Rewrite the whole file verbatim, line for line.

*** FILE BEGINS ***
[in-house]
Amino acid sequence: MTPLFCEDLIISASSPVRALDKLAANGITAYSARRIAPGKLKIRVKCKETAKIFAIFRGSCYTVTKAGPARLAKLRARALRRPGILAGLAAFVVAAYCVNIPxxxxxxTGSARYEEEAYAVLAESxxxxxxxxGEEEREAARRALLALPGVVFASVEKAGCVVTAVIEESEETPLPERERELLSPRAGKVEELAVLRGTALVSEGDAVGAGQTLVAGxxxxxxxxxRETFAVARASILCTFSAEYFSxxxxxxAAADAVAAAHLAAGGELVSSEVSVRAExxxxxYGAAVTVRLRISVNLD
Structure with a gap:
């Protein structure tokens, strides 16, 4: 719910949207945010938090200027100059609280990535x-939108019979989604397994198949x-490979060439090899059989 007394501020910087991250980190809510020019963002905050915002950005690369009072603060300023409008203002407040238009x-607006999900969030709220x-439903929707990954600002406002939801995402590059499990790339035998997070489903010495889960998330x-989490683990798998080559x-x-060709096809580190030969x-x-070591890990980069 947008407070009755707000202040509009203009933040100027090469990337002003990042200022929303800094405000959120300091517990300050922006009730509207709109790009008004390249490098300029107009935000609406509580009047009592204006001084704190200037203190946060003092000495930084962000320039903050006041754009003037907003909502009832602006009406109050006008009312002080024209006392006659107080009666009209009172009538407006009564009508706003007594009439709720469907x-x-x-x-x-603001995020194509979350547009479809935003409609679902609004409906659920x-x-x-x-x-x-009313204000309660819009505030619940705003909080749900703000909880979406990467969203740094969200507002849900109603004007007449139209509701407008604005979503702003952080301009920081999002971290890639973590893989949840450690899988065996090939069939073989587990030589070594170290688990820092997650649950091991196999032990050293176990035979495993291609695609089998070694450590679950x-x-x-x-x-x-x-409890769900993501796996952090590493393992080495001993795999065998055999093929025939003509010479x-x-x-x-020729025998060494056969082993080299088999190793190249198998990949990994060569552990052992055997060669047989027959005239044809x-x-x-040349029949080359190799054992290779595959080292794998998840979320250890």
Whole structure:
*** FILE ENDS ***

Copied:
[in-house]
Amino acid sequence: MTPLFCEDLIISASSPVRALDKLAANGITAYSARRIAPGKLKIRVKCKETAKIFAIFRGSCYTVTKAGPARLAKLRARALRRPGILAGLAAFVVAAYCVNIPxxxxxxTGSARYEEEAYAVLAESxxxxxxxxGEEEREAARRALLALPGVVFASVEKAGCVVTAVIEESEETPLPERERELLSPRAGKVEELAVLRGTALVSEGDAVGAGQTLVAGxxxxxxxxxRETFAVARASILCTFSAEYFSxxxxxxAAADAVAAAHLAAGGELVSSEVSVRAExxxxxYGAAVTVRLRISVNLD
Structure with a gap:
């Protein structure tokens, strides 16, 4: 719910949207945010938090200027100059609280990535x-939108019979989604397994198949x-490979060439090899059989 007394501020910087991250980190809510020019963002905050915002950005690369009072603060300023409008203002407040238009x-607006999900969030709220x-439903929707990954600002406002939801995402590059499990790339035998997070489903010495889960998330x-989490683990798998080559x-x-060709096809580190030969x-x-070591890990980069 947008407070009755707000202040509009203009933040100027090469990337002003990042200022929303800094405000959120300091517990300050922006009730509207709109790009008004390249490098300029107009935000609406509580009047009592204006001084704190200037203190946060003092000495930084962000320039903050006041754009003037907003909502009832602006009406109050006008009312002080024209006392006659107080009666009209009172009538407006009564009508706003007594009439709720469907x-x-x-x-x-603001995020194509979350547009479809935003409609679902609004409906659920x-x-x-x-x-x-009313204000309660819009505030619940705003909080749900703000909880979406990467969203740094969200507002849900109603004007007449139209509701407008604005979503702003952080301009920081999002971290890639973590893989949840450690899988065996090939069939073989587990030589070594170290688990820092997650649950091991196999032990050293176990035979495993291609695609089998070694450590679950x-x-x-x-x-x-x-409890769900993501796996952090590493393992080495001993795999065998055999093929025939003509010479x-x-x-x-020729025998060494056969082993080299088999190793190249198998990949990994060569552990052992055997060669047989027959005239044809x-x-x-040349029949080359190799054992290779595959080292794998998840979320250890």
Whole structure: